Visa Inc.’s fourth-quarter net income fell 28 per cent as it set aside money for taxes, and it said it’s making its plans based on a slow recovery of the U.S. economy.
The world’s largest processor of debit and credit card payments said payments on its system rose 13 per cent to $1.1 trillion for the quarter. Visa’s results are closely watched because they can be a window into the buying habits and financial health of consumers.
Growth in the number of U.S. transactions slowed from August into September, showing constrained consumer spending, Chief Financial Officer Byron Pollitt said on a conference call. The company is assuming “a tepid recovery in U.S. economic growth,” he said.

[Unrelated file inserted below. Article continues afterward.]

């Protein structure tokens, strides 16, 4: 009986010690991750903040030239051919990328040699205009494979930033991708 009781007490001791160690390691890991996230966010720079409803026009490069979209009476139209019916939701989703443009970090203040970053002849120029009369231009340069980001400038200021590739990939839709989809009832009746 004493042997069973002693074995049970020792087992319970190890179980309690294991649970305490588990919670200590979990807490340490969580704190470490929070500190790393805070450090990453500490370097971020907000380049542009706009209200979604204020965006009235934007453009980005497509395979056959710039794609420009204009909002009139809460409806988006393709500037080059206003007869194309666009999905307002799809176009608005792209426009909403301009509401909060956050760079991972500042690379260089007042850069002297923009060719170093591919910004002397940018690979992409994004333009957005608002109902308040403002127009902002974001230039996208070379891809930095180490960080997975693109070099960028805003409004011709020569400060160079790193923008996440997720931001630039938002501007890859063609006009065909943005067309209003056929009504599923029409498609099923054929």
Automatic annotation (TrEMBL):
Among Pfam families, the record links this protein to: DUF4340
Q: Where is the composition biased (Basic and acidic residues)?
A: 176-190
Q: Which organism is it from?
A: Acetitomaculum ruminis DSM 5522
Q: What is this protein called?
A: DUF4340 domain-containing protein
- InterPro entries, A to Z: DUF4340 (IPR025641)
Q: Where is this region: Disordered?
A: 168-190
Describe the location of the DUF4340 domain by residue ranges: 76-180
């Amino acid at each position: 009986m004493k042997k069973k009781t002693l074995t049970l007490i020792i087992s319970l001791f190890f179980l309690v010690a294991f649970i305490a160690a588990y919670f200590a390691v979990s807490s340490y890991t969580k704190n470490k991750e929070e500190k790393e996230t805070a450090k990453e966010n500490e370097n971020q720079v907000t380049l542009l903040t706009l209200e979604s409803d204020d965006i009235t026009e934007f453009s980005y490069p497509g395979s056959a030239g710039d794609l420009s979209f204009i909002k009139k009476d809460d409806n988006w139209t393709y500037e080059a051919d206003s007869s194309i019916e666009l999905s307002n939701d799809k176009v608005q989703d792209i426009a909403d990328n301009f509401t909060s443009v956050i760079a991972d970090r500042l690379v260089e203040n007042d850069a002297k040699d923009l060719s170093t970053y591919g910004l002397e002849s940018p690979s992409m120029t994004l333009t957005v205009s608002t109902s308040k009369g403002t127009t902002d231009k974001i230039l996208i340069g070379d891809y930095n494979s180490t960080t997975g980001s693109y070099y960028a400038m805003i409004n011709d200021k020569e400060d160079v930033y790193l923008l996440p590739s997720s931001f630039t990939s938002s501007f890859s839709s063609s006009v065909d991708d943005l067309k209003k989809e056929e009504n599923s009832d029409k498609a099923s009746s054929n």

Visa’s observations dovetail with economic reports that showed employers adding fewer jobs in September than in August.
“We do expect one day to benefit from stronger economic growth, we just don’t know when yet,” CEO Charlie Scharf said.
Net income fell 28 per cent to $1.19 billion, or $1.86 per share, for the three months that ended Sept. 30, from $1.66 billion, or $2.48 per share, last year.
The results topped analysts’ expectations by a penny, according to FactSet.
Revenue rose almost 9 per cent to $2.97 billion, a little less than the $3.02 billion analysts expected.
The company set aside $574 million for taxes, after benefiting from a $74 million tax gain last year.
Visa left its guidance for the upcoming year unchanged.
Shares of Visa, based in Foster City, Calif., fell 42 cents to close at $203.82 on Wednesday. They dropped an additional $5.13, or 2.5 per cent, to close at $198.69 in after-hours trading.